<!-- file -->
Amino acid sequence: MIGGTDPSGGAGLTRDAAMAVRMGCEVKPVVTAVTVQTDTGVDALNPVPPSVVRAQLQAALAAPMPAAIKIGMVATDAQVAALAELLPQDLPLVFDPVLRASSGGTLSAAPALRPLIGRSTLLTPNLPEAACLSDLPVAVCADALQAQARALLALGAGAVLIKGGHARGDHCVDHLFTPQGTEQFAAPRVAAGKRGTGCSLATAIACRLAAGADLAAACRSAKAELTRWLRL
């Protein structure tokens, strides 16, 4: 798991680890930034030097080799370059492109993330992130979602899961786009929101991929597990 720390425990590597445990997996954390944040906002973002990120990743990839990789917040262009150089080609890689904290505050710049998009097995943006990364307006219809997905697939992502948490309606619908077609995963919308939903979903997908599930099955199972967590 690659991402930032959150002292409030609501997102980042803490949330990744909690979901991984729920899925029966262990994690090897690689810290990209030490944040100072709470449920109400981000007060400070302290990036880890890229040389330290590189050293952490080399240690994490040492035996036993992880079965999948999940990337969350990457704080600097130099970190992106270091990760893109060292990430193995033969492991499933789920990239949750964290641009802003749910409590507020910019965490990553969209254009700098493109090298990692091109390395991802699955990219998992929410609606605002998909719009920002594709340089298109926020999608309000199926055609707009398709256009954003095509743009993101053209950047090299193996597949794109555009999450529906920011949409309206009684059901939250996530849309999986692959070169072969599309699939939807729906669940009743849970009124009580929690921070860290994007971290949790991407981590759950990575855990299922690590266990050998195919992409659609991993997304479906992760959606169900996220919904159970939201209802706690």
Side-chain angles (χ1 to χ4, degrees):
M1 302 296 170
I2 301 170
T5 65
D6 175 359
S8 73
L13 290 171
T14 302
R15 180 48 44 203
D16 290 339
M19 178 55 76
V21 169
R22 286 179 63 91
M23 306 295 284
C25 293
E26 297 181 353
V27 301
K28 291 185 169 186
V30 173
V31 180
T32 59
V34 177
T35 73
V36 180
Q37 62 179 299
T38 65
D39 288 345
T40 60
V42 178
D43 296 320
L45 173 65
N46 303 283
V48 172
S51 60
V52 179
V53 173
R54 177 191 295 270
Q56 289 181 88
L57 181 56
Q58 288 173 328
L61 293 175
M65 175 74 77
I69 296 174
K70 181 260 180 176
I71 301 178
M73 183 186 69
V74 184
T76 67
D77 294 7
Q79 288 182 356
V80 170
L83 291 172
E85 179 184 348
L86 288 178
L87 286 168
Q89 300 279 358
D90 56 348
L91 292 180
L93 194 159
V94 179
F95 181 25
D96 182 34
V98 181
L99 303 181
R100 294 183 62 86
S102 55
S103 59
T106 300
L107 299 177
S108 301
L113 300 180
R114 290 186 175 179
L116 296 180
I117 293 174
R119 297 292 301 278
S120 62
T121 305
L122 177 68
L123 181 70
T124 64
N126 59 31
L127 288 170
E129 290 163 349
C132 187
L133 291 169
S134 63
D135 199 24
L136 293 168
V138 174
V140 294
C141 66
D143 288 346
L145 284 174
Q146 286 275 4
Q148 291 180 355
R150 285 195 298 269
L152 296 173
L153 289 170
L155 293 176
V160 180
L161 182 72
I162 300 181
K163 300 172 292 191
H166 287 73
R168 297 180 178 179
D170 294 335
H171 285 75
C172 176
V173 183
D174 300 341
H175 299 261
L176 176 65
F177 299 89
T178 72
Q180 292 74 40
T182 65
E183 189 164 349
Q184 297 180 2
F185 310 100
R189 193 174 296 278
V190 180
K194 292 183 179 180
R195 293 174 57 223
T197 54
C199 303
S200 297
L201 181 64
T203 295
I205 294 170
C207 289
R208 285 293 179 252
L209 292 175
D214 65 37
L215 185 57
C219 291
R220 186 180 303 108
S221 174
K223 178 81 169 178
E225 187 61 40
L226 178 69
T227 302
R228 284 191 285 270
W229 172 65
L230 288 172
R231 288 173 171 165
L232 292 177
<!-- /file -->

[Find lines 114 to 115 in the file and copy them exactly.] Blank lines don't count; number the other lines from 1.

L176 176 65
F177 299 89